The Pandemic has locked us in our homes for almost a year now. Most of us are bored, some have found one or the other vocations to spend at home. I resorted to my own- exploring Netflix to the point of exhaustion. There were plethora of movies and familiar sitcoms, until I came across a series, I thought I should be least interested in, “Shtisel”. It is an Israeli series about ultra-orthodox Jews, and to my modern, progressive self, this sounded revolting. Why on Earth should be interested in the lives of the ultra-orthodox Jews in an orthodox neighborhood of Jerusalem? When I started watching, I could not stop myself from going to the extent of binge-watching the two seasons as quickly as I have ever done.
While watching the series, a revelation came on to me. The series was not about religious people, but about people. They were extremely conservative whose moral universe revolved around the Torah and its sanctity. Yet they were very ordinary humans, brave, yet frail, flawed yet morally conscious. It was of course enriching to learn about the extensive rituals of the ultra-orthodox Jews, the social mores and the food habits of this hidden community. The extensive dressing certainly intrigued me too. There was a sense of strange familiarity, since I had my origins in similar religious mores of a different religion, namely Islam. It intrigued me perhaps because of the historical hostility of these two great Semitic religions. Perhaps, there is more that is common, than strange to both.
The series stars a father (Dov Glickman playing the role of Shulem) and his son (Michel Aloni playing the role of Akiva) in central role, along with Shulem’s daughter, Giti, being played by Neta Reskin. Shulem lost his beloved wife, and the series starts with the loss, and a wonderful episode of dream sequence. The scenes are shot mostly in the inside locations, in the homes and the Cheder, in synanogues and in narrow streets of the Jerusalem neighbourhoood. It appears to be a city of its own, with its rules and norms, and culture that seems distinct from the adjacent secular society. Most people walk, and technology is abhorred, and looked down upon.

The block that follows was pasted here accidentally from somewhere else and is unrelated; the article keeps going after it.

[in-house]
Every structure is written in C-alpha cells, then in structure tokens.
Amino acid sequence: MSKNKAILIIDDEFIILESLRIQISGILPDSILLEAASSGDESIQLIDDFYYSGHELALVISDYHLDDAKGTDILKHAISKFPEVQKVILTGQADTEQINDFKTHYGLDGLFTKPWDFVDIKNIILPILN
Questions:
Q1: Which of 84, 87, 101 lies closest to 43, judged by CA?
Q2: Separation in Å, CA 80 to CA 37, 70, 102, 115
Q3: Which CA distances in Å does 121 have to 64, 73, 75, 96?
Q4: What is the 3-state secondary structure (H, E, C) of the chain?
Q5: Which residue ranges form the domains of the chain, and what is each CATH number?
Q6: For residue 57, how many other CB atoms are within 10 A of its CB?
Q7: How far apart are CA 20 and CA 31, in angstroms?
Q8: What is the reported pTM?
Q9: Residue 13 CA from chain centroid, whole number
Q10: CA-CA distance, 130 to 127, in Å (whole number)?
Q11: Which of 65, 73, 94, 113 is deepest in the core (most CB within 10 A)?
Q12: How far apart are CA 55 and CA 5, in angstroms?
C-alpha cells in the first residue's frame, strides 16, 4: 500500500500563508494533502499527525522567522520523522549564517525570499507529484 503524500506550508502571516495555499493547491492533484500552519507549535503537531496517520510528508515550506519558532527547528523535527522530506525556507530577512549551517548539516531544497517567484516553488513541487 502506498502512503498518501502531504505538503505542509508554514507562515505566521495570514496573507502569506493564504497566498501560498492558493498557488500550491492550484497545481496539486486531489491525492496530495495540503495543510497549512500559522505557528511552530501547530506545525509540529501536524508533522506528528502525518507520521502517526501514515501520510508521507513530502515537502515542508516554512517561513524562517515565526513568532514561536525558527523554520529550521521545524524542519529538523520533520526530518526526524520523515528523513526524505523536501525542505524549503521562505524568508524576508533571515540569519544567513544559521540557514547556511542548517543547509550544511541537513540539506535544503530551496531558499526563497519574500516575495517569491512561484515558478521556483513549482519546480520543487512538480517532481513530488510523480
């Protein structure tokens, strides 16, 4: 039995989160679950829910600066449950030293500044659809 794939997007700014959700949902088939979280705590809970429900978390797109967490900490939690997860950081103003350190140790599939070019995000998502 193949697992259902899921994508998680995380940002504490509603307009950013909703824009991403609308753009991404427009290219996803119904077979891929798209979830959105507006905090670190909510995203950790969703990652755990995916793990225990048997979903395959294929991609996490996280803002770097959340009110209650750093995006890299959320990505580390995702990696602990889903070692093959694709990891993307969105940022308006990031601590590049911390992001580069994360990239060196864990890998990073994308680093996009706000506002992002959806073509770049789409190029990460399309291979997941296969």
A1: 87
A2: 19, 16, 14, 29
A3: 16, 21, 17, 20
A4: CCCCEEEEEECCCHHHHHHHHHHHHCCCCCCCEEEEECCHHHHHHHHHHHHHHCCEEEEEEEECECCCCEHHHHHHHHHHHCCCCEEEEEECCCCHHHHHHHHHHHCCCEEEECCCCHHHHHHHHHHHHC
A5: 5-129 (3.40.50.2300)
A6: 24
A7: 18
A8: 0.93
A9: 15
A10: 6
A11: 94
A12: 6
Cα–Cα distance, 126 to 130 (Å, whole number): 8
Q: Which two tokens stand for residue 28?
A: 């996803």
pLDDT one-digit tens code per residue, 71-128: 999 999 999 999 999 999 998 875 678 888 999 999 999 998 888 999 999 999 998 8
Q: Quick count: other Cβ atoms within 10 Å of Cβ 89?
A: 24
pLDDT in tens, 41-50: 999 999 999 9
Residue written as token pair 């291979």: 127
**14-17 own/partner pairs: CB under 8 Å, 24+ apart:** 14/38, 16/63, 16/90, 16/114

The central theme of the series appears to the battle between modernity and religion. And yet, it is to the credit of the series that it shows the complexity of this famous battle. Are religious people supposed to follow their innocent human desires? We see Akiva battling this with his desire for painting and his religious duties. There is a great amount of depth to characters, which make them quite unpredictable, and yet so very human. The series refrains from the simplistic depiction of the battle between these great antagonists of the twenty-first century and implores us to have empathy for them.
The larger questions revolve around the engagement of the religious society with that of secular in Israel. What should be the terms of engagement be? We see a sense of misunderstanding, even hostility between them. The series refrains from outright forays into Israeli politics, showing us in bits and pieces how polarized it remains. Curiously though, Muslims and Arabs are missing from the conversation. There is a lot that we in India can learn from it. There is a great deal of resonance in the issues involved the tussle between traditions and modernity and the question of women.
It is in the depiction of women that I believe the series does a good job. The women in the series are depicted as rich in life and energy, negotiating their battles with bravery and poise, and not as oppressed women in a conservative society, as so many narratives do. They have an autonomy of their own kind. In the initial episodes, we are introduced to the story of Giti, whose husband has fled to other country. What is she supposed to do? She takes various Rabbinical advice, all of whom give the benefit of doubt to the husband, reflecting the extremely patriarchal nature of the society. Yet, when he comes back, Giti accepts him wholeheartedly. The women are often shown as brave, and yet vulnerable. There is a rich complexity in all the characters, perhaps none so than the main characters of Shulem and his son. The tangential story lines often deal with profound themes, the meaning of life, the value of art, of God and family.
These are the themes that much of the contemporary world deals with, and perhaps no country more than India. What this series did teach me is to have empathy for people who may belong to different moral universe. In our rush for modernity and progressiveness, we have reached a moral vacuum. Perhaps it might do us to do good to look at other moral universe, flawed as they may be, to derive some sort of wisdom, and comfort.
Mohd Aquil is a doctoral student at Jawaharlal Nehru University, New Delhi. He is a historian by training. He can be reached at email@example.com